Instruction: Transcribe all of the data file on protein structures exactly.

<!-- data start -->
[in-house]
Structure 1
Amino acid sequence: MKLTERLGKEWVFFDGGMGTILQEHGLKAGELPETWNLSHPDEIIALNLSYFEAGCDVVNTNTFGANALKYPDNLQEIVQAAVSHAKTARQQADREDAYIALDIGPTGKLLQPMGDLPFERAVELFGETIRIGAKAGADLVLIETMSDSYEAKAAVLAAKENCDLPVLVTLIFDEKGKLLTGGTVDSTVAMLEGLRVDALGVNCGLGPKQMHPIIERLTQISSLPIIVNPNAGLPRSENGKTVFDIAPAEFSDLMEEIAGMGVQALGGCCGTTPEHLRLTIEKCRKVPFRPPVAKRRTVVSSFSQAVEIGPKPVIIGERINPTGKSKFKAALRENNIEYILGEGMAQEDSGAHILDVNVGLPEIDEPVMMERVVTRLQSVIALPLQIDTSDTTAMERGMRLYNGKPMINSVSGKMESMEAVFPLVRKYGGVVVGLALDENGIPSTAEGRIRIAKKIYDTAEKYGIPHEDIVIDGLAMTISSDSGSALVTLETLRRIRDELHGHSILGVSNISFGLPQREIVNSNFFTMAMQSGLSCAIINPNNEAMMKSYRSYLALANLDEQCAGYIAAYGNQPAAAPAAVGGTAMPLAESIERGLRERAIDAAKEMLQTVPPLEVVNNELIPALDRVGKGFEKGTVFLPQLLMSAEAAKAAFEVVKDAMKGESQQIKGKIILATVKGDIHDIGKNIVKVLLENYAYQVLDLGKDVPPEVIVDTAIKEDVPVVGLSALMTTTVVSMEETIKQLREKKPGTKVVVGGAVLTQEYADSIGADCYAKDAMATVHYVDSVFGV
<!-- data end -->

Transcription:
[in-house]
Structure 1
Amino acid sequence: MKLTERLGKEWVFFDGGMGTILQEHGLKAGELPETWNLSHPDEIIALNLSYFEAGCDVVNTNTFGANALKYPDNLQEIVQAAVSHAKTARQQADREDAYIALDIGPTGKLLQPMGDLPFERAVELFGETIRIGAKAGADLVLIETMSDSYEAKAAVLAAKENCDLPVLVTLIFDEKGKLLTGGTVDSTVAMLEGLRVDALGVNCGLGPKQMHPIIERLTQISSLPIIVNPNAGLPRSENGKTVFDIAPAEFSDLMEEIAGMGVQALGGCCGTTPEHLRLTIEKCRKVPFRPPVAKRRTVVSSFSQAVEIGPKPVIIGERINPTGKSKFKAALRENNIEYILGEGMAQEDSGAHILDVNVGLPEIDEPVMMERVVTRLQSVIALPLQIDTSDTTAMERGMRLYNGKPMINSVSGKMESMEAVFPLVRKYGGVVVGLALDENGIPSTAEGRIRIAKKIYDTAEKYGIPHEDIVIDGLAMTISSDSGSALVTLETLRRIRDELHGHSILGVSNISFGLPQREIVNSNFFTMAMQSGLSCAIINPNNEAMMKSYRSYLALANLDEQCAGYIAAYGNQPAAAPAAVGGTAMPLAESIERGLRERAIDAAKEMLQTVPPLEVVNNELIPALDRVGKGFEKGTVFLPQLLMSAEAAKAAFEVVKDAMKGESQQIKGKIILATVKGDIHDIGKNIVKVLLENYAYQVLDLGKDVPPEVIVDTAIKEDVPVVGLSALMTTTVVSMEETIKQLREKKPGTKVVVGGAVLTQEYADSIGADCYAKDAMATVHYVDSVFGV